Christine TaconChristine Tacon

Suppliers to the top 10 UK supermarkets are being invited to a face-to-face surgery with the groceries code adjudicator (GCA) at her annual conference on 22 June.

The GCA, Christine Tacon, will be available to talk to suppliers who want to raise issues about how supermarkets have behaved in their trading with them.

There are a limited number of slots at the surgery – to ensure a place suppliers must book via the same online form used to register for the conference. The GCA team will then get in contact with details.

The conference is being held in London. To register and book a place, visit the GCA website or call 020 3738 6537.

Latest on supplier-retailer relations will be revealed

Results of a YouGov survey into supermarket buying practices will be announced and are likely to be the key focus of the event.

It will be the second such piece of research the GCA has commissioned and, as with last year, it is based on information given anonymously by suppliers.

Last year the survey revealed that 80% of suppliers who took part had faced problems dealing with retailers and that 58% cited fear of retribution as the main reason they wouldn’t submit evidence to the GCA.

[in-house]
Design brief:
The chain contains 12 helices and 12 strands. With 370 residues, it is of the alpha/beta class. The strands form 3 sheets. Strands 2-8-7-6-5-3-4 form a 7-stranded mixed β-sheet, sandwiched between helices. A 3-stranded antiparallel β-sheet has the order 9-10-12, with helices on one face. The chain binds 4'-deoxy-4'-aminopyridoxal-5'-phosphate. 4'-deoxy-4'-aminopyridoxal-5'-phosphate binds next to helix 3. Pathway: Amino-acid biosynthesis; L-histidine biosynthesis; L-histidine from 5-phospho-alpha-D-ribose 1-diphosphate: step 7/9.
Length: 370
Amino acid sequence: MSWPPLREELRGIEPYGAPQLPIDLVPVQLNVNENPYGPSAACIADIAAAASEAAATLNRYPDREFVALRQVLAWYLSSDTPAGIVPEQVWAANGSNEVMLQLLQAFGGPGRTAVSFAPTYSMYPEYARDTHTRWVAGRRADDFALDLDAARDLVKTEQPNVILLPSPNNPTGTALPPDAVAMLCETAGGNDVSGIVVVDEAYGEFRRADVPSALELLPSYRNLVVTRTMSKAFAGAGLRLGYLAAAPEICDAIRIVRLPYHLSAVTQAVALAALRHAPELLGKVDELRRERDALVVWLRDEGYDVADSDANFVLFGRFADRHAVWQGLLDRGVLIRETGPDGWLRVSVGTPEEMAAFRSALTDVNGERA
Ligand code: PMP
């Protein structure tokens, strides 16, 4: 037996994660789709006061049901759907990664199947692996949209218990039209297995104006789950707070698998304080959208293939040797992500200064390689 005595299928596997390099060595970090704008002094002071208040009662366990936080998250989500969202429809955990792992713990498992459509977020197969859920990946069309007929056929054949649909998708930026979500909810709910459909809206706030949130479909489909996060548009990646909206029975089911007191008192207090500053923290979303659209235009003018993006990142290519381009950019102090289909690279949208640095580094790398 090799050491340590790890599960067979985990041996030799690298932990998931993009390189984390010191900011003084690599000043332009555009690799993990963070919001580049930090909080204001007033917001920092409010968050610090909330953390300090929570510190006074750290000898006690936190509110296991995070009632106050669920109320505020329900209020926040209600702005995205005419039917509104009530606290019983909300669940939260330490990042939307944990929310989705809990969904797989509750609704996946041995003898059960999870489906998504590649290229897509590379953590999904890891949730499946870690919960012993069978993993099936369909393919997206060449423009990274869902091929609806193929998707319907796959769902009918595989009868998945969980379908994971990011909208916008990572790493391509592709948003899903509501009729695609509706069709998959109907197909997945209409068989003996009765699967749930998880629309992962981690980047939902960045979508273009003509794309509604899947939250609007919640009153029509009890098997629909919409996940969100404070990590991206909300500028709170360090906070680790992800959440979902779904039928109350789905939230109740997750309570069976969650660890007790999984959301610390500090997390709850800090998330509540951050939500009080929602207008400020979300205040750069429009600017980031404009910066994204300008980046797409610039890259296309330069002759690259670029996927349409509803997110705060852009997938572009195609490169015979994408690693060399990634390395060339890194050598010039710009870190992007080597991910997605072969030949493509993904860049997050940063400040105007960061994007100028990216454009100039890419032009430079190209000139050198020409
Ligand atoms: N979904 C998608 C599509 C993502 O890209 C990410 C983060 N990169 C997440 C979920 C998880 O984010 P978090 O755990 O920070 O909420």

This year’s survey, two years after the GCA was brought in, will be hotly anticipated as a gauge of what difference the adjudicator has so far been able to make and how the pressure of the supermarket price wars has affected suppliers.

Ms Tacon said: “I am very much looking forward to this session.

“I meet many suppliers and others face to face during the year but the survey cannot be beaten for giving me a panoramic view of the relationship between retailers and their suppliers.

“For this second survey I am particularly looking for evidence of how retailer practices have changed over the past 12 months.”

Supermarket watchdog still needs your evidence

Suppliers can still take part in the survey, which close on 1 May. 

The GCA’s role and remit is to ensure the UK’s 10 biggest grocery retailers adhere to the Grocery Code of Practice, which sets out what they can and can’t do when dealing with their direct suppliers.

However, the remit, powers and budget of the GCA have come under criticism this year for failing to protect the majority of farmer-suppliers who are not covered by the code because they are indirect suppliers.

The fact that the GCA is legally prevented from looking for evidence has also been criticised.